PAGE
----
Voting Rights Since 1965

WED, SEP 2, 2015 (56:56)

The adoption of the landmark Voting Rights Act in 1965 enfranchised millions of Americans and is widely regarded as the crowning achievement of the civil rights movement. And yet fifty years later we are still fighting heated battles over race, representation, and political power–over the right to vote, the central pillar of our democracy. Berman’s latest book, Give Us the Ballot: The Modern Struggle for Voting Rights in America, gives a groundbreaking narrative history of voting rights since 1965. From new strategies to keep minorities out of the voting booth, to cynical efforts to limit political representation by gerrymandering electoral districts, to the Supreme Court’s recent stunning decision that declared a key part of the Voting Rights Act itself unconstitutional, to the efforts by the Justice Department and grassroots activists to counter these attacks, Berman tells the dramatic story of the pitched contest over the very heart of our democracy. (Image: Jared Rodriguez / t r u t h o u t)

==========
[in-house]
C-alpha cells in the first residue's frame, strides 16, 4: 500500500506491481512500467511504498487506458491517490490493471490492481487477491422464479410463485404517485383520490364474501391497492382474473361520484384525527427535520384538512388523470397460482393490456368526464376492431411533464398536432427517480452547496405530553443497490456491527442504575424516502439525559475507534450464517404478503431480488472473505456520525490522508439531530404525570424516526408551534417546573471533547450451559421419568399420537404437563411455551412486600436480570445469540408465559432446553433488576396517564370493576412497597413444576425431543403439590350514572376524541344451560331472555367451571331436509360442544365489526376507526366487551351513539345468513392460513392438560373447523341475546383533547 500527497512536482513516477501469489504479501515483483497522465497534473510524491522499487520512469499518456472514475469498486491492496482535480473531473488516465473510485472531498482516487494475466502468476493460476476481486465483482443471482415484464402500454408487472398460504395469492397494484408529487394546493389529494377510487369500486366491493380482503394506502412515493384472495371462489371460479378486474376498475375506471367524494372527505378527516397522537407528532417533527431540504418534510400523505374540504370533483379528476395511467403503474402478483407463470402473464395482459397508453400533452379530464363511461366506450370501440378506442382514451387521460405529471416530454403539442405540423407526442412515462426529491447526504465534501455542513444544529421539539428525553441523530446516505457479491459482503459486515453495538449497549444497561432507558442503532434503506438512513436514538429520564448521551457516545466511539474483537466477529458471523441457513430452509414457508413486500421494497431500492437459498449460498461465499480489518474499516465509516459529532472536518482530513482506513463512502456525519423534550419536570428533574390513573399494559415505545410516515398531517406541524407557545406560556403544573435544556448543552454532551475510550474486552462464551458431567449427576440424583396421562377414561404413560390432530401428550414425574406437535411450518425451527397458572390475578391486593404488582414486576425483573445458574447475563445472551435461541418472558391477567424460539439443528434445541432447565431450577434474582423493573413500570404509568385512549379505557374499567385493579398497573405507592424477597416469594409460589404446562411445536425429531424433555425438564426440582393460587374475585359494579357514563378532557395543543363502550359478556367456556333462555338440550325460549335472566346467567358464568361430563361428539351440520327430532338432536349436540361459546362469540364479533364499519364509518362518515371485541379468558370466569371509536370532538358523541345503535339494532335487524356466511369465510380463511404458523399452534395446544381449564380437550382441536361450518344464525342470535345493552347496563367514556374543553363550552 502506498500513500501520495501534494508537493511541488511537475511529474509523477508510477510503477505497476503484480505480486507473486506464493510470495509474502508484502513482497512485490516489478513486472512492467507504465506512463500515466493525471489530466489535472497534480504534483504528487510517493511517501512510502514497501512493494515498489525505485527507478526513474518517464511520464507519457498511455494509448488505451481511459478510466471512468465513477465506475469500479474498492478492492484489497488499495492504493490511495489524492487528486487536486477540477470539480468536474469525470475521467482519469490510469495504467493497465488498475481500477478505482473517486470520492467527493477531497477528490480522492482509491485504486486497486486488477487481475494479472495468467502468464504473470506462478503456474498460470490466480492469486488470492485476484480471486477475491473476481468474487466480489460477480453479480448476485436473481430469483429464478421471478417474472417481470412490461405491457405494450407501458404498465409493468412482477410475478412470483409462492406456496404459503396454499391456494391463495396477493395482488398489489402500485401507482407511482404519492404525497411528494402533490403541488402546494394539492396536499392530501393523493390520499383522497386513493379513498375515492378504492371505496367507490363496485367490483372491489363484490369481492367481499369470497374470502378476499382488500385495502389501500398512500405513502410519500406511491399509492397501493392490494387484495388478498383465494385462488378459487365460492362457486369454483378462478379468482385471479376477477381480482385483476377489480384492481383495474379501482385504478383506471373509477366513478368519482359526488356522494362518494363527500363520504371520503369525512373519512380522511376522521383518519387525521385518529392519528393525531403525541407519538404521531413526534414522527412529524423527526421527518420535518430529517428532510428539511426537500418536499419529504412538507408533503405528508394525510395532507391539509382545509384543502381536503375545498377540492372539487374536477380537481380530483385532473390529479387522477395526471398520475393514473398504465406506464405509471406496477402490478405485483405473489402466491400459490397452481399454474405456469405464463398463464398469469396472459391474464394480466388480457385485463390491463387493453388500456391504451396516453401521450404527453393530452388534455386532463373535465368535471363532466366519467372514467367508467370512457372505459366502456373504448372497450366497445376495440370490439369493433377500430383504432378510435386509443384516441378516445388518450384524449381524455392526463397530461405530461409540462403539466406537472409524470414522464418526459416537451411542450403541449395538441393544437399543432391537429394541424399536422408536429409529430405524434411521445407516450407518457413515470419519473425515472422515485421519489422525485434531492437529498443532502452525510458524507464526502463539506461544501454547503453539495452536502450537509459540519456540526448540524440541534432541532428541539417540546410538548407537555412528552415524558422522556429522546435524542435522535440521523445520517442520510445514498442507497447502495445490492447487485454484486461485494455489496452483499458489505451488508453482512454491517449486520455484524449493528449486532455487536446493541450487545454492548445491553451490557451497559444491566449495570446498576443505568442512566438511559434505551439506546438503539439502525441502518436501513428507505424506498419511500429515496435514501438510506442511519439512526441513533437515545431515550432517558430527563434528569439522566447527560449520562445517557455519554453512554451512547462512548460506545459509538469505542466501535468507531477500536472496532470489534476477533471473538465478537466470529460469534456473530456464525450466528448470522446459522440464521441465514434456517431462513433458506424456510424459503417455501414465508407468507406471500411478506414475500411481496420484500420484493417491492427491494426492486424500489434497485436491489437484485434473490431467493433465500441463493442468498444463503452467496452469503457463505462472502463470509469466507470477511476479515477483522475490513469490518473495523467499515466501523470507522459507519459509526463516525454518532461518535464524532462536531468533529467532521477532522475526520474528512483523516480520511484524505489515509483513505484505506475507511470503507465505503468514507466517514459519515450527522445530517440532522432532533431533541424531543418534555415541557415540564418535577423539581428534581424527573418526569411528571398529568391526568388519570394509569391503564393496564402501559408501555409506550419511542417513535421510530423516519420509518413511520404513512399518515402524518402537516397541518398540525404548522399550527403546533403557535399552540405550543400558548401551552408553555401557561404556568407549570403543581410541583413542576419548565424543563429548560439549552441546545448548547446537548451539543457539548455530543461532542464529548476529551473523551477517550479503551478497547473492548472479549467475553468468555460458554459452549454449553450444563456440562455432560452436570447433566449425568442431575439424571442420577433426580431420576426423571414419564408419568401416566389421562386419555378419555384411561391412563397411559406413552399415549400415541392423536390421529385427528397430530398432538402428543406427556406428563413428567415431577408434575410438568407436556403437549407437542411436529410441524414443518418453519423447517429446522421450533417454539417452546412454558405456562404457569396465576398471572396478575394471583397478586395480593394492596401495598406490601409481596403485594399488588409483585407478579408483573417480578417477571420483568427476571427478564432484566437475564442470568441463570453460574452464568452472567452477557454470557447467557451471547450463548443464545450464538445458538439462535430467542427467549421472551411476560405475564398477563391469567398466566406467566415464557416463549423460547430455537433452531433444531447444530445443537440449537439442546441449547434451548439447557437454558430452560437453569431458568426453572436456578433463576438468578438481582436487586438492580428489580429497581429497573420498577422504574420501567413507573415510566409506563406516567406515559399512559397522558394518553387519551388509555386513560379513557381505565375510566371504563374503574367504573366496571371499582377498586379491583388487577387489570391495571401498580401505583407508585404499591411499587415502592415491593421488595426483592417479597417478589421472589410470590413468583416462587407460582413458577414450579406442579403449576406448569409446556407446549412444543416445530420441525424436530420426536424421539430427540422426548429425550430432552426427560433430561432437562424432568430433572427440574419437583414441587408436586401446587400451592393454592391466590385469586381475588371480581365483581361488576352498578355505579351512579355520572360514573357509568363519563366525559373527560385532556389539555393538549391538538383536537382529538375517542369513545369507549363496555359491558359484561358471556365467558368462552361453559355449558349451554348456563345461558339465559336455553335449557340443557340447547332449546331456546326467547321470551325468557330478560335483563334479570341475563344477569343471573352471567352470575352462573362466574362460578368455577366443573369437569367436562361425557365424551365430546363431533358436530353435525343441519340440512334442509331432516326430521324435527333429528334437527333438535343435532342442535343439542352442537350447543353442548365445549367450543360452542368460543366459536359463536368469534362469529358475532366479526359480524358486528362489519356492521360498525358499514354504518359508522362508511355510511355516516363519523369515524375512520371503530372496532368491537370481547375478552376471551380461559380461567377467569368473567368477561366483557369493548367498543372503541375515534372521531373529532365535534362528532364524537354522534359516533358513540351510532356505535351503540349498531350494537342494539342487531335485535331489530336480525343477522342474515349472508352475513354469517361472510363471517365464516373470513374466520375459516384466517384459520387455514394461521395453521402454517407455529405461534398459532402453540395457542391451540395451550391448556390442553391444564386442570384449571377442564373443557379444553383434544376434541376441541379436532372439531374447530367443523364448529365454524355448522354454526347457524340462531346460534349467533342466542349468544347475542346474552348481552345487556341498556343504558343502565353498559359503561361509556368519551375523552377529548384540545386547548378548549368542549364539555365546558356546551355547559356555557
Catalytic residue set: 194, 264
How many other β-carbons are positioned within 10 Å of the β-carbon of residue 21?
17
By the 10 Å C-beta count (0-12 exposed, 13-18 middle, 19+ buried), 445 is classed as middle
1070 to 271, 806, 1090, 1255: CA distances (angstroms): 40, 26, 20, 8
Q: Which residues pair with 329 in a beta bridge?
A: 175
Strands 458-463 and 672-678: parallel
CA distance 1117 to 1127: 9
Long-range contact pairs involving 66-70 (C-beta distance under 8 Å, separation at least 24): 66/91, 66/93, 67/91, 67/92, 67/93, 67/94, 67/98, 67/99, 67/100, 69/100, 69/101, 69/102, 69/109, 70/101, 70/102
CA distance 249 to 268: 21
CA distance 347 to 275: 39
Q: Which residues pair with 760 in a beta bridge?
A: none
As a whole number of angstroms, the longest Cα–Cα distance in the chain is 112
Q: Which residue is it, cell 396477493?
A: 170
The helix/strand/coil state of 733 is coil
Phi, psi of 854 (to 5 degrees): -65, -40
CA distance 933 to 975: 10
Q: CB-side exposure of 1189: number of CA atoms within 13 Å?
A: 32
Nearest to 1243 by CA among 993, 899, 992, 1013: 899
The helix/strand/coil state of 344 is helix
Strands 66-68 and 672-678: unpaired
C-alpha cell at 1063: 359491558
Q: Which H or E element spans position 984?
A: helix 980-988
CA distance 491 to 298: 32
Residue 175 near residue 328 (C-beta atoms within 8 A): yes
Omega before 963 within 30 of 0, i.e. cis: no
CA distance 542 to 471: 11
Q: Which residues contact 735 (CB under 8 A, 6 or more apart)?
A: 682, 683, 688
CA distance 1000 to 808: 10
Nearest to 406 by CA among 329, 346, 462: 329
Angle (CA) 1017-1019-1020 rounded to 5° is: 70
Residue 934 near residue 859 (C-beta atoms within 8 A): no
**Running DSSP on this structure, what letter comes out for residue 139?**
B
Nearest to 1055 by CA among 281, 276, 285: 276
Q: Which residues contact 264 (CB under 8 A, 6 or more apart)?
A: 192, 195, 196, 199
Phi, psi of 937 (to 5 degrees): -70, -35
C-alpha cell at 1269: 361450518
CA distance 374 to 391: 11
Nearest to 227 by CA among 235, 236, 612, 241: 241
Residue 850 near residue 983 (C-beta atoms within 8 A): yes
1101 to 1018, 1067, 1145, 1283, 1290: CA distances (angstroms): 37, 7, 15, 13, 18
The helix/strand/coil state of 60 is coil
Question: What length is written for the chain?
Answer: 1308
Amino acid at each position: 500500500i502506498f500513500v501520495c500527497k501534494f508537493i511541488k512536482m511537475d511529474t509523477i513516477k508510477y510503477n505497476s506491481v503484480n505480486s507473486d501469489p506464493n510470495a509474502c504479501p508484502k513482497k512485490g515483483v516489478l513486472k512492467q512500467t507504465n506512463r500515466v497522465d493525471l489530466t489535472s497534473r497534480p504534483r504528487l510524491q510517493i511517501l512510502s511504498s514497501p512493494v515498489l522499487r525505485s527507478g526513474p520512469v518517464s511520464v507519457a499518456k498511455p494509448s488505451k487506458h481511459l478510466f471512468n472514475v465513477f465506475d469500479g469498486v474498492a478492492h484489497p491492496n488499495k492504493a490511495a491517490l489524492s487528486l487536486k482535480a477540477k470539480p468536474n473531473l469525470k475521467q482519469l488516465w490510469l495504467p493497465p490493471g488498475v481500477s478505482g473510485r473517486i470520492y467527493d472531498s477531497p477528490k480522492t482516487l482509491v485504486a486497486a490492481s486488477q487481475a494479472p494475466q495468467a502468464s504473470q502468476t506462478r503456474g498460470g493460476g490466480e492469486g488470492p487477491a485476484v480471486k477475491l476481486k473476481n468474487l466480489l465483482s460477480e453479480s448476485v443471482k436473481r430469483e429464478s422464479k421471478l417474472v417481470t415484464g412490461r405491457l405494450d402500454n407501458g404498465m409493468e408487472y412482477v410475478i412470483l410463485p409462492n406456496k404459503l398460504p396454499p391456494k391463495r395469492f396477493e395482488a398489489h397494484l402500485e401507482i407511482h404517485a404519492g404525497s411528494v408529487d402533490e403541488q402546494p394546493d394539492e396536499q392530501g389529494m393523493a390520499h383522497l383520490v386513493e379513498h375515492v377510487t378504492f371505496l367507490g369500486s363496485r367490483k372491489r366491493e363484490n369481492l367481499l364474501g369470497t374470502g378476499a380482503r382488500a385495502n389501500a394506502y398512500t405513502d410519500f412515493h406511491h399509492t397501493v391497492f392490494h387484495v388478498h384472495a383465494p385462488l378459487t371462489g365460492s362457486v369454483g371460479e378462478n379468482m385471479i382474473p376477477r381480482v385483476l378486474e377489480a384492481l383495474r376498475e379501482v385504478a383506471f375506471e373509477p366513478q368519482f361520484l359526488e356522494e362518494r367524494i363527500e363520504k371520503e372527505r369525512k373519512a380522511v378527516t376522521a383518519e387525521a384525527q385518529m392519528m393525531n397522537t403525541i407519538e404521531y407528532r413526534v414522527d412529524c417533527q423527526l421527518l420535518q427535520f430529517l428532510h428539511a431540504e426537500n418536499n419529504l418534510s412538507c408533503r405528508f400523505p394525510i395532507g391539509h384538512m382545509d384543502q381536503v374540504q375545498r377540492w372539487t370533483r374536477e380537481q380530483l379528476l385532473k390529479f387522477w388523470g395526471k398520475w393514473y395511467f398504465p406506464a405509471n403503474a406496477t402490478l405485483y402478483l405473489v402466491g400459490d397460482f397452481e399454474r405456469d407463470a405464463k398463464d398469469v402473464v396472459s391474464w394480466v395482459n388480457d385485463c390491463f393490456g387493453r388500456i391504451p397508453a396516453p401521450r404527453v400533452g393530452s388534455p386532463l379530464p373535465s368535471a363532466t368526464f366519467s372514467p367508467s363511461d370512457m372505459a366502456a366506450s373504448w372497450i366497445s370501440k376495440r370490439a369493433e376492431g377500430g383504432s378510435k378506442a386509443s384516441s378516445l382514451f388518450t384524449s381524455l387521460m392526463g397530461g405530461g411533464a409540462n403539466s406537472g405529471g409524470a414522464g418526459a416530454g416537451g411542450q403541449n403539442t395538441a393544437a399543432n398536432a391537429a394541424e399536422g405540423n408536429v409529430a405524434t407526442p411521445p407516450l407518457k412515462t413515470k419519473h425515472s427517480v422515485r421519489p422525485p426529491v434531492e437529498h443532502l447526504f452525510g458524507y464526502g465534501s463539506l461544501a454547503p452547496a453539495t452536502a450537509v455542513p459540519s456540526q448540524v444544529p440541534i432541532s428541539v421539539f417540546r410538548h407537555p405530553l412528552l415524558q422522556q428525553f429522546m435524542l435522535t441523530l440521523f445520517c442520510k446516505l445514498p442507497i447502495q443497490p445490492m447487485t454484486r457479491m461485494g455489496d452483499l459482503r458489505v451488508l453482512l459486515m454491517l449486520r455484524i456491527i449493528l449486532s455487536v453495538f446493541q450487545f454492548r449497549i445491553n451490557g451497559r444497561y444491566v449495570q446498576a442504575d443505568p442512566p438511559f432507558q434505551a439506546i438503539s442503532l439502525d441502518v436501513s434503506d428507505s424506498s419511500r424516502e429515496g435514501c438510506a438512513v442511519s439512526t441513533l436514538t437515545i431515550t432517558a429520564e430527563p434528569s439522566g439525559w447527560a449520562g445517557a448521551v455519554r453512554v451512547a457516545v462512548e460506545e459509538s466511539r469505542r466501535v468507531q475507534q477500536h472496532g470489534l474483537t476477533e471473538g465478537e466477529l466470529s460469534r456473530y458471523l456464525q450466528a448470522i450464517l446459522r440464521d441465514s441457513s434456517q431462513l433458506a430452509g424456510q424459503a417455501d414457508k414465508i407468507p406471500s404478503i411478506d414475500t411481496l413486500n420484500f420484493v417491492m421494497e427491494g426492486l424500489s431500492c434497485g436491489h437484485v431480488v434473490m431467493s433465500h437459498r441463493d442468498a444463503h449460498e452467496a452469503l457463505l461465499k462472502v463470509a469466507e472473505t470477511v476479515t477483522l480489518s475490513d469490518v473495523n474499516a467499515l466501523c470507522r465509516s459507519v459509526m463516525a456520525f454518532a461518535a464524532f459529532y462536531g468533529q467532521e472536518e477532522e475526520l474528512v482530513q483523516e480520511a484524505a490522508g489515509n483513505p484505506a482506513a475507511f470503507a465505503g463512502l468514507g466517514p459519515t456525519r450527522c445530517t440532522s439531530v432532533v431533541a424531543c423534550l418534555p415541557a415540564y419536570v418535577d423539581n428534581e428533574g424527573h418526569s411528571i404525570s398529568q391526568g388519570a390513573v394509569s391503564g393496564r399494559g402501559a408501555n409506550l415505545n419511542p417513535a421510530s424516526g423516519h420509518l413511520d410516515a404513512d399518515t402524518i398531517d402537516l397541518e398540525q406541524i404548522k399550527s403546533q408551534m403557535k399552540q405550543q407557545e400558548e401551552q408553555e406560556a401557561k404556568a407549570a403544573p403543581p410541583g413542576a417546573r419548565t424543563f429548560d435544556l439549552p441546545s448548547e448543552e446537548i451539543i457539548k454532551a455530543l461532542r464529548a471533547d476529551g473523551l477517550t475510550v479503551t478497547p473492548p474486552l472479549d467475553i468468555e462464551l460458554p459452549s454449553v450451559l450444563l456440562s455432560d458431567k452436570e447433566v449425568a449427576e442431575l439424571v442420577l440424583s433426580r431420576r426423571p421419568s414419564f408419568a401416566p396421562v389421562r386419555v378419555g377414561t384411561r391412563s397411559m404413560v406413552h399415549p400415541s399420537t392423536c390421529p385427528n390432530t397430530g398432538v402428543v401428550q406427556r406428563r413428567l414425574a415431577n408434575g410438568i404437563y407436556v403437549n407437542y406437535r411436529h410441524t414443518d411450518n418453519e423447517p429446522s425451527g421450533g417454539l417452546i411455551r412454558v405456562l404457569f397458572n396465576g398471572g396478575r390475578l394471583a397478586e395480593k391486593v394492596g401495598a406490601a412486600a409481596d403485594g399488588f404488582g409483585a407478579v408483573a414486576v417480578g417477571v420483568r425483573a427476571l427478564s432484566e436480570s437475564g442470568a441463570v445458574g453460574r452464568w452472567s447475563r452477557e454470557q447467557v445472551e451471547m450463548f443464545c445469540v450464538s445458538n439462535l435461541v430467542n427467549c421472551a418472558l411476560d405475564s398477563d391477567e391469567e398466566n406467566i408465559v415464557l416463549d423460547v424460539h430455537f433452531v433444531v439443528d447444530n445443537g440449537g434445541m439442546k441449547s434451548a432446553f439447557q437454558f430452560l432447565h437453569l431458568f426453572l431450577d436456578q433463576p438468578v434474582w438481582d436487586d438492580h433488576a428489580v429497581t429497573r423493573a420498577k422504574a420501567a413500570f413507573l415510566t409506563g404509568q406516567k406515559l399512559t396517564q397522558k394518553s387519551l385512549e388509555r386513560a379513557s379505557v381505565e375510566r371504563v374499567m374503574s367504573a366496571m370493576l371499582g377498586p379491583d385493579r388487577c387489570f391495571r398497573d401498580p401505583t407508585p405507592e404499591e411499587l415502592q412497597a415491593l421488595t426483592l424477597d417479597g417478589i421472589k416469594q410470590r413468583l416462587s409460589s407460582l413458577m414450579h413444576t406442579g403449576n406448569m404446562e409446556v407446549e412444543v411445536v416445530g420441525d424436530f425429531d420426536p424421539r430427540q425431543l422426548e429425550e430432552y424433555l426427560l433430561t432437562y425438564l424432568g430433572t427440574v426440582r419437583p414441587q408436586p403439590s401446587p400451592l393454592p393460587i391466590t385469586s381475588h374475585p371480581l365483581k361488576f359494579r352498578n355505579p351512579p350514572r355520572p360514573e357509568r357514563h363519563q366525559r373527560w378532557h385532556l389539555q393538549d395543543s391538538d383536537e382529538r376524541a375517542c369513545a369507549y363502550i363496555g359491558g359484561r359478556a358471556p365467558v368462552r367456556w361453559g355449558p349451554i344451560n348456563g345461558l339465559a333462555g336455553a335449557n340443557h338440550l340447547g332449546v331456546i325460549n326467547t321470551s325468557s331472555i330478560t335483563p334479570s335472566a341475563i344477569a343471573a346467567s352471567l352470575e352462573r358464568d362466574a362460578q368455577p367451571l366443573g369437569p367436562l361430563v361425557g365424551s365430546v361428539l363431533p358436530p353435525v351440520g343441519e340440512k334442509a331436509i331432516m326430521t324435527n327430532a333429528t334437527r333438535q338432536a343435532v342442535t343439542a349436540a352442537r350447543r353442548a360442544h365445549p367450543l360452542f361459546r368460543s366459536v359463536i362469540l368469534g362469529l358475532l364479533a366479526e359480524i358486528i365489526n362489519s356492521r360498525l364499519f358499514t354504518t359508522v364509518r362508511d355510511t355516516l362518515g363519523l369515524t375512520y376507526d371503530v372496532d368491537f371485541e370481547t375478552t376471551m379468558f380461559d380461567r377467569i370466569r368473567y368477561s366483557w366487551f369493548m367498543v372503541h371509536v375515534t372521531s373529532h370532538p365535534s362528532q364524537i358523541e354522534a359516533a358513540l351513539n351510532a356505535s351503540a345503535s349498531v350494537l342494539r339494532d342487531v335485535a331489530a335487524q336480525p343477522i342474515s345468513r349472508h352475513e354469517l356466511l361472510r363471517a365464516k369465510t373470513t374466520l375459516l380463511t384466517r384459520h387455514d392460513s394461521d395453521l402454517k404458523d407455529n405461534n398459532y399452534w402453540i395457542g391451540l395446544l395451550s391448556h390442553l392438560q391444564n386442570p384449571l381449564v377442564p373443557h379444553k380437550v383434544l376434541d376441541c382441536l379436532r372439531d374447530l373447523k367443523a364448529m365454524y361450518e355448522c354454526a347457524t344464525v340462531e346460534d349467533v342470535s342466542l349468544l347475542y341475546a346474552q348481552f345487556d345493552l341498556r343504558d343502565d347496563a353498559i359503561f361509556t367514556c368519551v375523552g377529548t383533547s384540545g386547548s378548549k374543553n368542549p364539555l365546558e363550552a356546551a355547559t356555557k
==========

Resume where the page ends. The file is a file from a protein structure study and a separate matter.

+ BIO: Ari Berman

Ari Berman is a political correspondent for _The Nation_ and an investigative journalism Fellow at the Nation Institute. His writing has also appeared in _The New York Times_ and_ Rolling Stone_, and he is a frequent commentator on MSNBC and NPR. Follow in on Twitter: @ariberman Berman is the author of Herding Donkeys: The Fight to Rebuild the Democratic Party and Reshape American Politics.

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